I listen to a lot of audiobooks (nine last month; 70 last year), but recently I was having one of those “I have 400 books on my to read list and still can’t pick what to read” bouts of choice paralysis. Then I stumbled across my copy of Howl’s Moving Castle, bought on sale a year or two ago, and it was just what I needed. Narrated superbly by Jenny Sterlin, we follow Sophie Hatter, tragically the eldest of three sisters in a land of fairy tale rules and seven-league boots, after she’s cursed by a witch and transformed into an old crone. She gains entrance to the legendary moving castle of the wizard Howl and strikes a bargain with Calcifer, a fire demon, to be cured in exchange for freeing Calcifer from his contractual servitude to the wizard. It’s just a wonderful book with a wonderful protagonist in Sophie, who quickly embraces the authority to lecture and cajole that her apparent age gives her; a book which doesn’t take itself too seriously; and an audiobook which is done so well, so earnestly, and so authentically that those with an ear for dialects might begin to wonder why Howl speaks with a “tapped r” long before we find out what’s sewn across one of his shirts.
But I’ve had the audiobook sitting in my digital library for quite a while, unheard. It’s thanks to the Diana Wynn Jones 2012 Tumblr, which has been posting and encouraging guest blogs up to and through an April 22 public celebration in Bristol of Wynne Jones’s life and work, that enough pieces of the cosmos came together to finally convince me to press play, leaving me very glad indeed that the universe contains books like Howl’s Moving Castle. It was a delightful pit stop on a month of mostly Serious Business, superbly narrated, and highly recommended, and a book I look forward to sharing with my kids over the years.
And now: an overview of Diana Wynne Jones’s books available in audio, all from Recorded Books. The links here are for Audible.com, but you should be able to find or order them in physical media from any bookstore, or in the iTunes music store and various other digital audiobook stores, or (and I think Wynne Jones wouldn’t have minded at all) in your local libary. (One sour note, however, is that only four of the audiobooks are available at Audible.co.uk.)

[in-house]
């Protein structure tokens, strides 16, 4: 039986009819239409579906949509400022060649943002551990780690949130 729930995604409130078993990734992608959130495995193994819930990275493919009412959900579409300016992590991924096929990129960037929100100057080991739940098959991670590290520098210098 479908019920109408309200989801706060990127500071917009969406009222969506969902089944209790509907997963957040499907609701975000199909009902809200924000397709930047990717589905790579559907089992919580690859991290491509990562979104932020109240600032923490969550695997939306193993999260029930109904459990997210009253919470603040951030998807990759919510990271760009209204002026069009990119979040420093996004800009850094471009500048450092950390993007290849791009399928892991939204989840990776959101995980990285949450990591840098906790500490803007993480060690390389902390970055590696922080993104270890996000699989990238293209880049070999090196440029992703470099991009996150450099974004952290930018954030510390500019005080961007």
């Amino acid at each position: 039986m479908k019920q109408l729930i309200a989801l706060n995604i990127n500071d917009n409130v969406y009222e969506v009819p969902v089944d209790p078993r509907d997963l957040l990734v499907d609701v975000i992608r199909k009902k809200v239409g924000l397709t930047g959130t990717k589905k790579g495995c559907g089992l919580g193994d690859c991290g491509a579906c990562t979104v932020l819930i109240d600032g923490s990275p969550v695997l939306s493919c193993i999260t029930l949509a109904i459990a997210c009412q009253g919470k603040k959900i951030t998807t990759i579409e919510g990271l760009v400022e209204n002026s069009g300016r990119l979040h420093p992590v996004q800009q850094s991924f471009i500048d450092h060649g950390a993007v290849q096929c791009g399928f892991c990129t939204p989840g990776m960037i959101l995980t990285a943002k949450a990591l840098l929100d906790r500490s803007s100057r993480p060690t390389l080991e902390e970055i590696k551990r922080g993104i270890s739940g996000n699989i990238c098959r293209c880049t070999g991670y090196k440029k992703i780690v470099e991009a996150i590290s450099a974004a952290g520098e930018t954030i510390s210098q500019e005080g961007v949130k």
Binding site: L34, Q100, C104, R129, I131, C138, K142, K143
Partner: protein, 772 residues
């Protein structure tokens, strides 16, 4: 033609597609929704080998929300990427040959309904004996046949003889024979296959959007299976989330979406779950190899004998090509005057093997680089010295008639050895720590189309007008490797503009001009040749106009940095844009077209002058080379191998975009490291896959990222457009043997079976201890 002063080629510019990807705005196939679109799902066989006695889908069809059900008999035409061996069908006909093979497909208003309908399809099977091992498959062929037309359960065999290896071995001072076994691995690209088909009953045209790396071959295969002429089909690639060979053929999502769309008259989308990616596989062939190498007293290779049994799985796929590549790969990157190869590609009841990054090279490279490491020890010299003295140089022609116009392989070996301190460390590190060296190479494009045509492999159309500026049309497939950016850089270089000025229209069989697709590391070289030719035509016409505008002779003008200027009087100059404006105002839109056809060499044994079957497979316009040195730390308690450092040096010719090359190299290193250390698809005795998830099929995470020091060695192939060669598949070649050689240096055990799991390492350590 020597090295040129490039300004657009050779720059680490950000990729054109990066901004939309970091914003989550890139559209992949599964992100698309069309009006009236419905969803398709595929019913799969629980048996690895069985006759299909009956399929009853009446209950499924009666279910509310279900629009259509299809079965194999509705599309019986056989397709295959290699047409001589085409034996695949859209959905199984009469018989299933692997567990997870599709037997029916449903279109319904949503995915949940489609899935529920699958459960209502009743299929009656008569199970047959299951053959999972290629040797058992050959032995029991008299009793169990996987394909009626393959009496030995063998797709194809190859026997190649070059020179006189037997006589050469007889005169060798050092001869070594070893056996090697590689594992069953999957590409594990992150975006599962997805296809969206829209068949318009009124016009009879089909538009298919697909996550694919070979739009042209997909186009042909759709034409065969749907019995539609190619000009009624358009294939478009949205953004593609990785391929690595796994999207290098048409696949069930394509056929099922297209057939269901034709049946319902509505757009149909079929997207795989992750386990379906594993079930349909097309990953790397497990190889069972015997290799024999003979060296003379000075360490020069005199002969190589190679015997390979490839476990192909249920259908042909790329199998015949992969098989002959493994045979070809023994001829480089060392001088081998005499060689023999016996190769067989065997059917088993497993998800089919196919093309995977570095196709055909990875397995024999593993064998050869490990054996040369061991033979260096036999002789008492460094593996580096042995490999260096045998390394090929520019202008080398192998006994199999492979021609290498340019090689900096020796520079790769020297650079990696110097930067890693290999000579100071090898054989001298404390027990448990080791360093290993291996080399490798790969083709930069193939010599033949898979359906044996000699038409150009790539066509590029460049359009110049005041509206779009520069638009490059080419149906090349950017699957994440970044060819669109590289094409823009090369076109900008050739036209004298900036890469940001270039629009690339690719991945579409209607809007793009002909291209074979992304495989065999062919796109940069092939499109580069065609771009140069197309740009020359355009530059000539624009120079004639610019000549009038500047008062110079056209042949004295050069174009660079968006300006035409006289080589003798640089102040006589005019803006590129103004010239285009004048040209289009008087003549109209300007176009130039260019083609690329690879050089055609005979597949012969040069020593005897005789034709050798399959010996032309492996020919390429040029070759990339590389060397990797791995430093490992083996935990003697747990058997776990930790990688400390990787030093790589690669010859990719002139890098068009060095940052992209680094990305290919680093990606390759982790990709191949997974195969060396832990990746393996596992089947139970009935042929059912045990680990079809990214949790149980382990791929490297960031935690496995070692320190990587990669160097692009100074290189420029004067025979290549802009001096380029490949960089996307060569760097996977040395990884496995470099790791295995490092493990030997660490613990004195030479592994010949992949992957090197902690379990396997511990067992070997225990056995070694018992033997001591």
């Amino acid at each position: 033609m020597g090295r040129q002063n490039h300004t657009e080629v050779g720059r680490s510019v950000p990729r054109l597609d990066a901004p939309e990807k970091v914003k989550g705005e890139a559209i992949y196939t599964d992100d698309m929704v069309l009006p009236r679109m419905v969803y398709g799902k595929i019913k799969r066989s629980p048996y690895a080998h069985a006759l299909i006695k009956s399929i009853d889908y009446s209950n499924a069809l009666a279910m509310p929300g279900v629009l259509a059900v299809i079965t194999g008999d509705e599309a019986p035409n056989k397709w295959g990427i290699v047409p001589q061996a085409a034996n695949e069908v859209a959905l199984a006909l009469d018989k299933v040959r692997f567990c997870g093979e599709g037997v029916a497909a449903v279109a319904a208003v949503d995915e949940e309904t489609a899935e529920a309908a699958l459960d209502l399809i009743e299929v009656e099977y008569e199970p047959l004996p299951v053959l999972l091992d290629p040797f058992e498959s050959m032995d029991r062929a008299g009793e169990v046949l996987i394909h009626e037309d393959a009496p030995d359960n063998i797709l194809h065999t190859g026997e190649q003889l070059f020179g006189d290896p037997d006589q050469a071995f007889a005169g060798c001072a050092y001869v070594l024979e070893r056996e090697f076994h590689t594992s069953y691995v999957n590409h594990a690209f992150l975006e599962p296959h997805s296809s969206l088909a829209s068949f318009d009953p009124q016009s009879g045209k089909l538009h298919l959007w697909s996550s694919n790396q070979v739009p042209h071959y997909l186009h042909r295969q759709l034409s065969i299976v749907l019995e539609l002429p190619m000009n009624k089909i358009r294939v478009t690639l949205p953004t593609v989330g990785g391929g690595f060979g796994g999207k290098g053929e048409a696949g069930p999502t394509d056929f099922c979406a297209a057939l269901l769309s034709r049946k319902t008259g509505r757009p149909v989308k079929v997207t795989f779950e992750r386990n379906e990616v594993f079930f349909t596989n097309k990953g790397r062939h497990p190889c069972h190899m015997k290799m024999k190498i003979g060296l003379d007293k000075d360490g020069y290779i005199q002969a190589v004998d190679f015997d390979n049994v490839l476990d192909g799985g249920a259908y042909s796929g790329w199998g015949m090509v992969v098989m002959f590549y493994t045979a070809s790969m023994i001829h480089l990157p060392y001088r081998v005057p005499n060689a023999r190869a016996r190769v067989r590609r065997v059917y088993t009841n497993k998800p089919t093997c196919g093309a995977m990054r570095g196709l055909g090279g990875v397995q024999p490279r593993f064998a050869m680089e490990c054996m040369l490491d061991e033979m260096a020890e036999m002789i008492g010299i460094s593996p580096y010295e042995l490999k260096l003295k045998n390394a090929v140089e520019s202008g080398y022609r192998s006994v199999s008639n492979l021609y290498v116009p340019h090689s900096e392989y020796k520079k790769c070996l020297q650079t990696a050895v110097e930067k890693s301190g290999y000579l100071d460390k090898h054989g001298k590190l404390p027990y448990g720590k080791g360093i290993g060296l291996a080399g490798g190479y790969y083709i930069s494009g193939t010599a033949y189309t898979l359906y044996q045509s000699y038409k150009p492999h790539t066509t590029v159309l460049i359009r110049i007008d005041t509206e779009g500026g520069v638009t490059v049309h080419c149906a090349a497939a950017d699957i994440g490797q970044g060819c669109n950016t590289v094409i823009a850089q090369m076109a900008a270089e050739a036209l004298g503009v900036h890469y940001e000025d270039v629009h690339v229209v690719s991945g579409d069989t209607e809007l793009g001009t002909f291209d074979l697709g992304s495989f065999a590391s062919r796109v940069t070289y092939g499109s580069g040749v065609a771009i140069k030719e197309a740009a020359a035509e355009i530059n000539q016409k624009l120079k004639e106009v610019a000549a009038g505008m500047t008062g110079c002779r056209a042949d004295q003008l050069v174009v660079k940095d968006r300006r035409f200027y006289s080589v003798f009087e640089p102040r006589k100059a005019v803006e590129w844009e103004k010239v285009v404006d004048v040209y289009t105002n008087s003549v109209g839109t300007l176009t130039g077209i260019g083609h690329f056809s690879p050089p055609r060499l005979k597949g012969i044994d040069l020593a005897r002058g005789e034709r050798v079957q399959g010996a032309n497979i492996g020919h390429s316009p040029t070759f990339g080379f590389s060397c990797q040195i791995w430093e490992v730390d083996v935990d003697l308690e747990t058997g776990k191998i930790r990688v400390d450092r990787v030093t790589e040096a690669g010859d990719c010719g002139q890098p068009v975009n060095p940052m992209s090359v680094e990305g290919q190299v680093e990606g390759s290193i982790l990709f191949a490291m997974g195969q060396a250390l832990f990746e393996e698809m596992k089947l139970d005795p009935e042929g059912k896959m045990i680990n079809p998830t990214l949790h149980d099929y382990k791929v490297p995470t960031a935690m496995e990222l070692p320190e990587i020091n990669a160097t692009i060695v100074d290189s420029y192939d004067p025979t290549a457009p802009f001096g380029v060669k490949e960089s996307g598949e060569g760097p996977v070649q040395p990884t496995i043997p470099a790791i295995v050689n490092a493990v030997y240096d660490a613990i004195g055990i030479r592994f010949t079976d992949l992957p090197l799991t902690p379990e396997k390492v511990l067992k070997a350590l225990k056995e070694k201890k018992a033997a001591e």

Sterlin provides a consistent voice for all three books in Wynn Jones’s “Howl’s Castle” world: Howl’s Moving Castle (1986), companion Castle in the Air (1990), and more direct sequel House of Many Ways (2008).
Gerard Doyle voices the Christomanci series: A Charmed Life: The Worlds of Chrestomanci, Book 1 (1977), The Magicians of Caprona (1980), Witch Week: Chronicles of Chrestomanci (1982), The Lives of Christopher Chant (1988), Conrad’s Fate: The Worlds of Chrestomanci (2005), and The Pinhoe Egg (2006). A last standalone novel for teens, Enchanted Glass (2010), is narrated by Steven Crossley.
Lastly, there’s a few more of the very short variety (1-2 hours in length) for even younger readers:
Wild Robert (1989), narrated by Jane Asher; Stopping for a Spell (1993), narrated by Judy Bennett — a collection of 3 fantasies; and Earwig and the Witch (2011), narrated by Charlotte Parry, published shortly after Wynn Jones’s death.
Whether you are discovering Wynn Jones’s books for the first time, or rediscovering them, these stories were meant to be read aloud — as all stories are. Recorded Books has done a wonderful job casting, directing, and producing these stories, and they are an aural legacy of Wynn Jones’s works of which any author can be proud, and which will reward any listener.